[We're pleased to welcome Anne-Wil Harzing, Professor of International Management at Middlesex University, UK. She has published nearly 100 refereed journals articles and books/book chapters and has been listed on Thomson Reuter's Essential Science Indicators top 1% most cited academics in Economics & Business worldwide since 2007. Below, Harzing comments on a study published in the … Continue reading Which Factors Impact An Article’s Level of Citations?
[The following post is re-blogged from Organizational Musings. Click here to view the original article. It is a commentary based on a recently published article in Administrative Science Quarterly entitled "Those Closest Wield the Sharpest Knife: How Ingratiation Leads to Resentment and Social Undermining of the CEO," co-authored by Gareth D. Keeves, James D. Westphal, and … Continue reading Albert Dunlap Style Likability: Those Who Seek Flattery Get Enemies
Referral-based hiring is a commonplace practice for modern organizations, which holds considerable benefits for employees hired based upon a referral, including greater chances for upward mobility within the company. A recent paper published in ILR Review entitled "Lasting Effects? Referrals and Career Mobility of Demographic Groups in Organizations," further studies the benefits of referral based hiring, and finds that the … Continue reading Who Does Referral-Based Hiring Help Most, and How?
[We're pleased to welcome Joshua Marineau of North Dakota State University. Joshua recently published an article in Group & Organization Management entitled "Trust and Distrust Network Accuracy and Career Advancement in an Organization."] What inspired you to be interested in this topic? The key interest I had with this study was wondering if it was … Continue reading Trust and Distrust in the Pursuit of Career Advancement
[We're pleased to welcome Gang Li of Deakin University. Gang recently published an article in Journal of Hospitality & Tourism Research entitled "Temporal Analysis of Tourism Research Collaboration Network" with co-authors Wei Fan of Hong Kong Polytechnic University and Rob Law of Hong Kong Polytechnic University.] Network analysis is an effective tool for the study of … Continue reading The Role of Collaboration in Tourism Research
[We're pleased to feature an interview, originally posted on the SAGE Connection blog, with Bailey Baumann and Stephen Pinfield. Stephen Pinfield recently published a paper with co-author Christine Middleton about the adoption of institutional central funds for open access publishing in his paper entitled, "Researchers' Adoption of an Institutional Central Fund for Open-Access Article-Processing Charges: A Case … Continue reading Connecting with the Community: Stephen Pinfield on Institutional Open Access Funds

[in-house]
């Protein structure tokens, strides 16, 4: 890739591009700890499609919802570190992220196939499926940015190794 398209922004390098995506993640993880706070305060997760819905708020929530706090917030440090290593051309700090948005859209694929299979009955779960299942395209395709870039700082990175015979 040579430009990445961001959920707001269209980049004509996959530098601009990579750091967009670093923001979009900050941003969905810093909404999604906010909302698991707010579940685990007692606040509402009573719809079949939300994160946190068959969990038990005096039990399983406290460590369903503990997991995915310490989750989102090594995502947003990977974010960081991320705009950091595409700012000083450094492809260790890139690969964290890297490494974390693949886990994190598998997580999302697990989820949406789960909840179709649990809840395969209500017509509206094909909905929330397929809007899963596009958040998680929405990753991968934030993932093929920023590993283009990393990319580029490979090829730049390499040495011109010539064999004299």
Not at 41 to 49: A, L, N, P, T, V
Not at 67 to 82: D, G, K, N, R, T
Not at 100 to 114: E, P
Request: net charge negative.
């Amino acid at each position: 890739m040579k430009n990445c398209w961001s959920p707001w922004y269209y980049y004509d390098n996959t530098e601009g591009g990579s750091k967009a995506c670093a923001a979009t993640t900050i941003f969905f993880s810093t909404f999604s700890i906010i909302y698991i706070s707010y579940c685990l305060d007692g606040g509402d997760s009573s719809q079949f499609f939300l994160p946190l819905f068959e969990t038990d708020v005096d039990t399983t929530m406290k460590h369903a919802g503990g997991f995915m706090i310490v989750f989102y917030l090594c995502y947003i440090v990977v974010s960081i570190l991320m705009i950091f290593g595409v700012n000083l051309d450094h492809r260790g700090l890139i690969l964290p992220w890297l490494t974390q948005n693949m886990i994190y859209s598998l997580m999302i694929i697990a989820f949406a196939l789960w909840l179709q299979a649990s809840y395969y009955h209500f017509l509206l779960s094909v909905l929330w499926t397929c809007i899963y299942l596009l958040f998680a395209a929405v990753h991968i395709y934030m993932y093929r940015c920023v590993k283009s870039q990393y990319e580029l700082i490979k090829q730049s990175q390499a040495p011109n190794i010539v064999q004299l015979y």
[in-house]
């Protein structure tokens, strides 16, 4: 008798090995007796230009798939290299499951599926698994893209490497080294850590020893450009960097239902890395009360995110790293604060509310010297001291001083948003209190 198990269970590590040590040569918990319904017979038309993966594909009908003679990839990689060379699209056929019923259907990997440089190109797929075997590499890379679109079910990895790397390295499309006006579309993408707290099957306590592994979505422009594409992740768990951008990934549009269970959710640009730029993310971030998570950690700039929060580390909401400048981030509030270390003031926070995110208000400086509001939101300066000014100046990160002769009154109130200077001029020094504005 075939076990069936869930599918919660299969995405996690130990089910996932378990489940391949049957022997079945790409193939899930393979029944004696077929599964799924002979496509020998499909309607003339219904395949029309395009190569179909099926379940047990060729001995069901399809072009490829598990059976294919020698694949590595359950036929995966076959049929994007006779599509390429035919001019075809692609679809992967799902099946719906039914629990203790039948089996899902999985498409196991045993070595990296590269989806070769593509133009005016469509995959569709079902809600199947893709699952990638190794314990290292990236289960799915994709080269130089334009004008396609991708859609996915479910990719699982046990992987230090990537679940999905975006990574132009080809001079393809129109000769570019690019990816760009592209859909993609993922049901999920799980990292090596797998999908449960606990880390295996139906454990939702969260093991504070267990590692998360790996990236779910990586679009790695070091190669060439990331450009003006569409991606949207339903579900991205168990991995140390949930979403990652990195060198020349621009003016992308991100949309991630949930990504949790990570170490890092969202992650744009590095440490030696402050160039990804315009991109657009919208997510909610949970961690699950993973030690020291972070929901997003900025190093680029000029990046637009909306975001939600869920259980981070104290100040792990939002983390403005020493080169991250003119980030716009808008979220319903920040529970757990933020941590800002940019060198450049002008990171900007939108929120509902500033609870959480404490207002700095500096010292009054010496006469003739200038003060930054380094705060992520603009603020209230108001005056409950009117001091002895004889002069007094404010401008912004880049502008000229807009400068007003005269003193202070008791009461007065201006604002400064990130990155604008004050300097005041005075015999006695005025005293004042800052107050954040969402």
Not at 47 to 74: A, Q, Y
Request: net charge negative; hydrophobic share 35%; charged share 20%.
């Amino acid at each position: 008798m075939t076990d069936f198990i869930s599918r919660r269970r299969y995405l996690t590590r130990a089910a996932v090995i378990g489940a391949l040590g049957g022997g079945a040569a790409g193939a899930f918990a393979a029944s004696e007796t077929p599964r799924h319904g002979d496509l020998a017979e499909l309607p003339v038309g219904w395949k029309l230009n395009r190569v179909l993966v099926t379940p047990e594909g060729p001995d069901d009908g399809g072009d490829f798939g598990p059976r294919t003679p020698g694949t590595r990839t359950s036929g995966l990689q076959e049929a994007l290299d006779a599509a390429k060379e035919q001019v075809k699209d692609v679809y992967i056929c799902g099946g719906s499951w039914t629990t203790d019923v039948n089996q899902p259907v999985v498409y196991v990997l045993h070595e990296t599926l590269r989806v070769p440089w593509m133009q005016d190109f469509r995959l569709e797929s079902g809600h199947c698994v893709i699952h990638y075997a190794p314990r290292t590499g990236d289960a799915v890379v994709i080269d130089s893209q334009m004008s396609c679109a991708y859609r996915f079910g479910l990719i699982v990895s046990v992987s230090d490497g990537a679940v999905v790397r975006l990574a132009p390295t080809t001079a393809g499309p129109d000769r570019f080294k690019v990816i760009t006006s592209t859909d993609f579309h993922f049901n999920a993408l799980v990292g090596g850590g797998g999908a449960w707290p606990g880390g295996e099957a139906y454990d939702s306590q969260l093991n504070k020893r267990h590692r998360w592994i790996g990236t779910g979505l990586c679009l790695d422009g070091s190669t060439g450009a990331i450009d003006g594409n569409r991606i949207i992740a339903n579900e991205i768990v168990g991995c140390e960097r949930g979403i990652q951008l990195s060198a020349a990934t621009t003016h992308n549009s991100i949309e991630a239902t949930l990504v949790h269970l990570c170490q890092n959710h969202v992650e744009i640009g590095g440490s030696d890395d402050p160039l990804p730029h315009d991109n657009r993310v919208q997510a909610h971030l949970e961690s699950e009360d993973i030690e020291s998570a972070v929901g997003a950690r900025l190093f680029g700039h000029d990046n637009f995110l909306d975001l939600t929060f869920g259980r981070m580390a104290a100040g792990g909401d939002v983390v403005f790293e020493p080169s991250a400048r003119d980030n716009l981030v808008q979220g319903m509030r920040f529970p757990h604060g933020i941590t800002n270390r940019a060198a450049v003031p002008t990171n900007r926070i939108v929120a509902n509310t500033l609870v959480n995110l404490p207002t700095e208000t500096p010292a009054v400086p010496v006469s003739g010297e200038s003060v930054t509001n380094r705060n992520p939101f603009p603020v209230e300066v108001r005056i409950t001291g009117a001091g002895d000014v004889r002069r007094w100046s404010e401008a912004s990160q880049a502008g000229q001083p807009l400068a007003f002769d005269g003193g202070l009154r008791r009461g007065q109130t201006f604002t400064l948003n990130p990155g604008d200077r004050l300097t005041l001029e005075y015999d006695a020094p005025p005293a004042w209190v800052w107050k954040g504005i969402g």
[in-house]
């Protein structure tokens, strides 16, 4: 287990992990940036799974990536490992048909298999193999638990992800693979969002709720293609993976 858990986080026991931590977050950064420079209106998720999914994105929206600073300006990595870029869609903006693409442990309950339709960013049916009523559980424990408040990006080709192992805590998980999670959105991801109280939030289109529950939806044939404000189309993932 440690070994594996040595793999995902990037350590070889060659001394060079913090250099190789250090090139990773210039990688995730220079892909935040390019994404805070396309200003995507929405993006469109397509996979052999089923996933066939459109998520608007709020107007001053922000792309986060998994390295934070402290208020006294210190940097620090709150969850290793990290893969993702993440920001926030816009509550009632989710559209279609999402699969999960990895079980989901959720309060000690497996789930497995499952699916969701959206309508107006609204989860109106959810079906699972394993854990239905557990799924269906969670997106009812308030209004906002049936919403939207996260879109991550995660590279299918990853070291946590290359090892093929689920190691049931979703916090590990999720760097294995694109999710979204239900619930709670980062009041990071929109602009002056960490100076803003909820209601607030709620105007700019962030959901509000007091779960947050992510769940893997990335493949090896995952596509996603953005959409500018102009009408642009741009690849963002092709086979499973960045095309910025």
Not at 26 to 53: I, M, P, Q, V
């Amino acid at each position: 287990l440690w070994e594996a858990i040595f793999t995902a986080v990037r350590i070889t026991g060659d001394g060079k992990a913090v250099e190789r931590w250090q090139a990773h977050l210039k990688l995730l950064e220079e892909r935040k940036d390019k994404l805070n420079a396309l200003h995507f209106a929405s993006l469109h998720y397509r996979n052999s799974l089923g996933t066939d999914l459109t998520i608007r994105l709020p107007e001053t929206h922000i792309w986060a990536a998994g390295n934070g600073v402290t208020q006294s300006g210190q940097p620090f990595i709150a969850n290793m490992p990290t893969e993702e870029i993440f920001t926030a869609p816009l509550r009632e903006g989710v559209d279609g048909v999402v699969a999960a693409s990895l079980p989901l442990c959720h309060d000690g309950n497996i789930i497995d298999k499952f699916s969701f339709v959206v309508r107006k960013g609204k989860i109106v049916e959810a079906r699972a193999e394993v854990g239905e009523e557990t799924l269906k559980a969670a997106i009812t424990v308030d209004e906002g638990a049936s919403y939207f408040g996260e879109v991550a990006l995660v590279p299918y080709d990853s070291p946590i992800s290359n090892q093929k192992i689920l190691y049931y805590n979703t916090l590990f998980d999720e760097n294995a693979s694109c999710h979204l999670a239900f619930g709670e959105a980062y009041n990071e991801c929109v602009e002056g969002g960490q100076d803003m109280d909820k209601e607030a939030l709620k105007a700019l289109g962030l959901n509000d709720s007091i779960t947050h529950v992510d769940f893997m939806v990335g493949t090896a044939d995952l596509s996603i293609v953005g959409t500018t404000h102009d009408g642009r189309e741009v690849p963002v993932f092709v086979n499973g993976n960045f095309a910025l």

Diners who avoid the dinner rush at restaurants can't seem to catch a break. In the 90's, Jerry Seinfield made fun of senior citizens who took advantage of early-bird specials while Jack in the Box's current late-night meal promotion, "the munchie box," lampoons college-aged males. But are early-bird and night-owl specials even effective for increasing a … Continue reading Should Restaurants Offer “Early-Bird” or “Night-Owl” Specials?
[We're pleased to welcome Gerhard Blickle and Andreas Wihler, both of the University of Bonn. Drs. Blickle and Wihler, collaborated with B. Parker Ellen III, Wayne A. Hochwarter, and Gerald R. Ferris - all of Florida State University - on their article recently published in Journal of Management entitled "Personal Initiative and Job Performance Evaluations: … Continue reading Does your boss find you proactive…or pushy?
More and more, consumers are demanding "green" products. In response, many corporations are developing and marketing merchandise billed as environmentally friendly. But are these corporations choosing to ignore any negative ramifications these products may actually have? Organization and Environment Guest Editor Frances Bowen and Editor J. Alberto Aragon-Correa discuss in their editorial "Greenwashing in Corporate … Continue reading Are Corporations Really as Green as They Say They Are?
According to an article featured in the Wall Street Journal, peer influence in teens tends to peak around age fifteen as adolescents acquire an interest in seeking a new environment. The impact of a teenager's peers can sway their opinions on everything from actions to social decisions and even what products to buy. A new … Continue reading Does Peer Influence in Teens Affect Their Parents’ Purchase Decisions?